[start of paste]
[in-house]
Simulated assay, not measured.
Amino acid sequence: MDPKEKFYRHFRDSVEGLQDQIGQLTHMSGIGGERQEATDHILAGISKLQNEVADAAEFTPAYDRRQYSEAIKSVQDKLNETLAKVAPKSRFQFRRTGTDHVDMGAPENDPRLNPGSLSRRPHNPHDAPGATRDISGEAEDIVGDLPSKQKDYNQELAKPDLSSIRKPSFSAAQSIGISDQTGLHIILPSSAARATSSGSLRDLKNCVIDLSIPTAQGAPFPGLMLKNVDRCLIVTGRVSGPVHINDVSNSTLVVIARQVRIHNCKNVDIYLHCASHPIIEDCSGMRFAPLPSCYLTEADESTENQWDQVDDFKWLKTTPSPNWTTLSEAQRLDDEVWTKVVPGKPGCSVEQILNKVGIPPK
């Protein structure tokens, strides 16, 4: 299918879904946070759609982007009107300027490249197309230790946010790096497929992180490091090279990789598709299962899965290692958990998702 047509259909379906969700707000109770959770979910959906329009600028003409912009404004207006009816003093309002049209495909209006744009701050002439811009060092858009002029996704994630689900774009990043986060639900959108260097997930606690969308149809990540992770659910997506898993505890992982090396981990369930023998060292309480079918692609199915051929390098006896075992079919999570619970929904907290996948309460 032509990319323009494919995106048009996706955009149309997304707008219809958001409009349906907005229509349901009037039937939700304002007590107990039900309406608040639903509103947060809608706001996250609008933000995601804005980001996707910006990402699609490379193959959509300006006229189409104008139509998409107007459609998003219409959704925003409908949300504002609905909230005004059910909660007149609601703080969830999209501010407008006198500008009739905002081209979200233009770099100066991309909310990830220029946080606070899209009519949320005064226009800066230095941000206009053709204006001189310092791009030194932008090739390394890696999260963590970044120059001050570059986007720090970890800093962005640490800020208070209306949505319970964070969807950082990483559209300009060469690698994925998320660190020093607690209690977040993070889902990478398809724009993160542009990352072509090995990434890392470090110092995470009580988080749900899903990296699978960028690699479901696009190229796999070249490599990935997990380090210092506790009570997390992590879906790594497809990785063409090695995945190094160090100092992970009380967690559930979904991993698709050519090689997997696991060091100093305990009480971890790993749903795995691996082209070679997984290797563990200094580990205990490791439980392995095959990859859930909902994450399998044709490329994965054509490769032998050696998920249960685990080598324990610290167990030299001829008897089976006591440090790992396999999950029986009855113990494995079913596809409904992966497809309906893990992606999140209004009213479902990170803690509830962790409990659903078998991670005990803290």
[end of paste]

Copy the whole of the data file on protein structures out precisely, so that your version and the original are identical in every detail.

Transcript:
[in-house]
Simulated assay, not measured.
Amino acid sequence: MDPKEKFYRHFRDSVEGLQDQIGQLTHMSGIGGERQEATDHILAGISKLQNEVADAAEFTPAYDRRQYSEAIKSVQDKLNETLAKVAPKSRFQFRRTGTDHVDMGAPENDPRLNPGSLSRRPHNPHDAPGATRDISGEAEDIVGDLPSKQKDYNQELAKPDLSSIRKPSFSAAQSIGISDQTGLHIILPSSAARATSSGSLRDLKNCVIDLSIPTAQGAPFPGLMLKNVDRCLIVTGRVSGPVHINDVSNSTLVVIARQVRIHNCKNVDIYLHCASHPIIEDCSGMRFAPLPSCYLTEADESTENQWDQVDDFKWLKTTPSPNWTTLSEAQRLDDEVWTKVVPGKPGCSVEQILNKVGIPPK
């Protein structure tokens, strides 16, 4: 299918879904946070759609982007009107300027490249197309230790946010790096497929992180490091090279990789598709299962899965290692958990998702 047509259909379906969700707000109770959770979910959906329009600028003409912009404004207006009816003093309002049209495909209006744009701050002439811009060092858009002029996704994630689900774009990043986060639900959108260097997930606690969308149809990540992770659910997506898993505890992982090396981990369930023998060292309480079918692609199915051929390098006896075992079919999570619970929904907290996948309460 032509990319323009494919995106048009996706955009149309997304707008219809958001409009349906907005229509349901009037039937939700304002007590107990039900309406608040639903509103947060809608706001996250609008933000995601804005980001996707910006990402699609490379193959959509300006006229189409104008139509998409107007459609998003219409959704925003409908949300504002609905909230005004059910909660007149609601703080969830999209501010407008006198500008009739905002081209979200233009770099100066991309909310990830220029946080606070899209009519949320005064226009800066230095941000206009053709204006001189310092791009030194932008090739390394890696999260963590970044120059001050570059986007720090970890800093962005640490800020208070209306949505319970964070969807950082990483559209300009060469690698994925998320660190020093607690209690977040993070889902990478398809724009993160542009990352072509090995990434890392470090110092995470009580988080749900899903990296699978960028690699479901696009190229796999070249490599990935997990380090210092506790009570997390992590879906790594497809990785063409090695995945190094160090100092992970009380967690559930979904991993698709050519090689997997696991060091100093305990009480971890790993749903795995691996082209070679997984290797563990200094580990205990490791439980392995095959990859859930909902994450399998044709490329994965054509490769032998050696998920249960685990080598324990610290167990030299001829008897089976006591440090790992396999999950029986009855113990494995079913596809409904992966497809309906893990992606999140209004009213479902990170803690509830962790409990659903078998991670005990803290």